Suffice to say that if you enjoy nonsense comedy (or, if you know Cantonese 'mo lei tau', as Mr. Logan explains in his commentary track), you'll enjoy this. Likewise, this is a good example of Stephen Chow's early comedy. For what it's worth, this is also one of the better movies Wong Jing has done.

Video

1.85:1 anamorphic widescreen. The one thing that stayed with me throughout the entire movie was how grainy the film looked. This goes beyond what it probably should look like but at least there's not much processing and thus no ringing or flatness. The colors seem to have been boosted a little but it's not too noticeable. On the down side, the level of detail suffers, and the contrast is a bit low. There are no real print defects, as well, making this a good transfer, if a bit grainy.

Audio

There's an English dub or the original Cantonese to choose from (both in Dolby Digital 5.1). I hate dubs, especially when dubbing Stephen Chow, so I chose the original track and it was a nice listen. The audio is good, but not great. There's no improving upon the stilted range of the original track. The mixers did try to open it up a little, but there's not much movement across the front. The back speakers are pretty much forgotten, as well. The score does carry a nice heft across the front sound stage and you do hear a few effects off-center. Overall it's an okay track considering the source.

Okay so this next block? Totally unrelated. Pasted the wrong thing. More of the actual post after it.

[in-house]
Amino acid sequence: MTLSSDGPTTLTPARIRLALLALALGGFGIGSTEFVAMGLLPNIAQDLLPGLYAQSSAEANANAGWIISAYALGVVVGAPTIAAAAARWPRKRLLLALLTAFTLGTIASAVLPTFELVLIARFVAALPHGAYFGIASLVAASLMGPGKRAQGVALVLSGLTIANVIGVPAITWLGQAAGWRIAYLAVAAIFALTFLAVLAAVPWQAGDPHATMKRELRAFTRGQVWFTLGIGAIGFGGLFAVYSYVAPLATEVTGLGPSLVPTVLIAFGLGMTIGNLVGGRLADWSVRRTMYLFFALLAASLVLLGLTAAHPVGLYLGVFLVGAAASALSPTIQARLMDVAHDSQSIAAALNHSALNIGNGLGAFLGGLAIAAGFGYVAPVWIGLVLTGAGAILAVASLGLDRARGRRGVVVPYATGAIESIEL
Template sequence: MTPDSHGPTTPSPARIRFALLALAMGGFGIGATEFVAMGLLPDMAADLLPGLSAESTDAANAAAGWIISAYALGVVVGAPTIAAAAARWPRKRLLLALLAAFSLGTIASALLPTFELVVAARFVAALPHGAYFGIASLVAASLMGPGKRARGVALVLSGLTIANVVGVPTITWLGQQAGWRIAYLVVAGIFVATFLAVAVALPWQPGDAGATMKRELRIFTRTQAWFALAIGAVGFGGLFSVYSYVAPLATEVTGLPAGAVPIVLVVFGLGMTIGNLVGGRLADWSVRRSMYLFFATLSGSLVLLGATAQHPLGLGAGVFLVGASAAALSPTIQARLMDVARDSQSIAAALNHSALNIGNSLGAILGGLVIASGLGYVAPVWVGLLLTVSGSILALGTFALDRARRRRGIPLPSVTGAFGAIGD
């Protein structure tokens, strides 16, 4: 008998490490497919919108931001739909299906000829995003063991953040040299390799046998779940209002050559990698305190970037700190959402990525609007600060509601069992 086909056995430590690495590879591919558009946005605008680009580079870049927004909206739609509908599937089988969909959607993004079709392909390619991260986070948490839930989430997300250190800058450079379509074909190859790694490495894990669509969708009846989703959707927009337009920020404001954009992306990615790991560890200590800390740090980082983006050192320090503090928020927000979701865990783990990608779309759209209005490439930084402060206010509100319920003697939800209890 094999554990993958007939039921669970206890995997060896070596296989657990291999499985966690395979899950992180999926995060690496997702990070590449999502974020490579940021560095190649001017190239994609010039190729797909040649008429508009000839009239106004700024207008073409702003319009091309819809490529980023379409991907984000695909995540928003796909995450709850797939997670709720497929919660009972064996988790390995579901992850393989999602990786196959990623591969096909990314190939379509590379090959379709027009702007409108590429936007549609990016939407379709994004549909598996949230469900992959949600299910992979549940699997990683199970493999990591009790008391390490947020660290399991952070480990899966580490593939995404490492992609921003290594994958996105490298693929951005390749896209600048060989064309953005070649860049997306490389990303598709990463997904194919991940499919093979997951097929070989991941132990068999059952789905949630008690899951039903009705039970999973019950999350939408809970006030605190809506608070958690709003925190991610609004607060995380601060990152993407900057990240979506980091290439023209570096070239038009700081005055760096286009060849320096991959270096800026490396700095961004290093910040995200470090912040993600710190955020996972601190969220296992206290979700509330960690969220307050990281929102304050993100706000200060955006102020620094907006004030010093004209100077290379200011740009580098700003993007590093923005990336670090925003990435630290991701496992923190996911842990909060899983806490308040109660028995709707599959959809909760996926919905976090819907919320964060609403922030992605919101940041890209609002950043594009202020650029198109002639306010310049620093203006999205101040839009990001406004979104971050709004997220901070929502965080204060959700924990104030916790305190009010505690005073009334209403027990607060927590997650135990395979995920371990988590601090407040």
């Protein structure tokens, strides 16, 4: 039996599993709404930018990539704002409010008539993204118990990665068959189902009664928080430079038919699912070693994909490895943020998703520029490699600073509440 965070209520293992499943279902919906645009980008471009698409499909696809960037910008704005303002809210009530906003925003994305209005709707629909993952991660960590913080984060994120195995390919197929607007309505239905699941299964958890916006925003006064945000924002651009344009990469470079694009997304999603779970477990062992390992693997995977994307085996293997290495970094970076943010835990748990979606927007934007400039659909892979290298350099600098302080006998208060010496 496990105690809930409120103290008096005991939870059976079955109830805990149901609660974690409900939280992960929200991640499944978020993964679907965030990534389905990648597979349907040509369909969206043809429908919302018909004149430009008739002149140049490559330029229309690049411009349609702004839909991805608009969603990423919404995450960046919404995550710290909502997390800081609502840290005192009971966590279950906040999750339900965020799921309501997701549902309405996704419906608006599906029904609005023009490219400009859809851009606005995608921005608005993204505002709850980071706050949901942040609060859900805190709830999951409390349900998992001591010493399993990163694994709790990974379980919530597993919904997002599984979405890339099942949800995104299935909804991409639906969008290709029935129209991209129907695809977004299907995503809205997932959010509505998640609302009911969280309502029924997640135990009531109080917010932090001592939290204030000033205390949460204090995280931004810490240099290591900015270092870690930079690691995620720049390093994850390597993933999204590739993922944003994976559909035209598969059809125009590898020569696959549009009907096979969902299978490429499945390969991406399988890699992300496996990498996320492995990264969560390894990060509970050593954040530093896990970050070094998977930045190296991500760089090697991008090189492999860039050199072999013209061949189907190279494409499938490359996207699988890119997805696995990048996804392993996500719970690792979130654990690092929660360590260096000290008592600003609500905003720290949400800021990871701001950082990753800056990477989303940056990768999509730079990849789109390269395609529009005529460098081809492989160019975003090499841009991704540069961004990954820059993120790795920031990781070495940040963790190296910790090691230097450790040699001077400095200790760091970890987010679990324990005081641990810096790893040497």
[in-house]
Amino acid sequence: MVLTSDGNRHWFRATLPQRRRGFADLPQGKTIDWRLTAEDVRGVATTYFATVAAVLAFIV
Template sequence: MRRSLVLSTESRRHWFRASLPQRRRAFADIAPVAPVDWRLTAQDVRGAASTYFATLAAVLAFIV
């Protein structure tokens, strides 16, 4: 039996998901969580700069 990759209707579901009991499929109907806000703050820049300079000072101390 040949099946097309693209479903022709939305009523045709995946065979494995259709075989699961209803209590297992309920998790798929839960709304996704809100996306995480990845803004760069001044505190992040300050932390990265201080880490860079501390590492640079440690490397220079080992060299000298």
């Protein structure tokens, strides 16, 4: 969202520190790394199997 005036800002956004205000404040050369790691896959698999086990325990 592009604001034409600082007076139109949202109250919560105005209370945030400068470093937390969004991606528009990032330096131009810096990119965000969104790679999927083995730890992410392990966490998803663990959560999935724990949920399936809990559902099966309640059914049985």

There are English, English HoH and Spanish subtitles. These are subtitles, by the way, and not dubtitles. Annoyingly, though, signs and written information, are not translated, which is pretty important at times to understand some jokes.

Extras

The main extra is an audio commentary by Hong Kong film expert Bey Logan. One thing I greatly appreciate is that Mr. Logan explains the signs and what they mean, something with the subtitles forget to do. Apart from that, Mr. Logan is exceptionally knowledgeable about the movie and its actors. He talks about the many, many references to pop culture and literature found in the movie. He also talks about Louis Cha and the original book a bit. He also explains the context of the movie, talking about the actual history that sets up the movie. He does repeat himself a few times, but most of the time heís running off enough information for 3 commentators. Itís a fascinating track, explaining everything you can want. Mr. Loganís knowledge easily shows you he knows much more than any others when it comes to cinema, and youíll enjoy this greatly.

The Original Theatrical Trailer (4:40) is especially long, which is typical of trailers from the era. You see tons of jokes, tons of action and tons of stuff not really important in the advertising of a movie.

Some Start-up Trailers are also here: 'Robin B Hood' (2:13) and 'Millionaire Express' (1:37).

Packaging

The movie comes packaged only with "Royal Tramp 2", and they come in a 2-disc amaray case with secure clips. Read the review for the second film here.

Overall

The Film: B+ Video: C Audio: C+ Extras: B- Overall: B-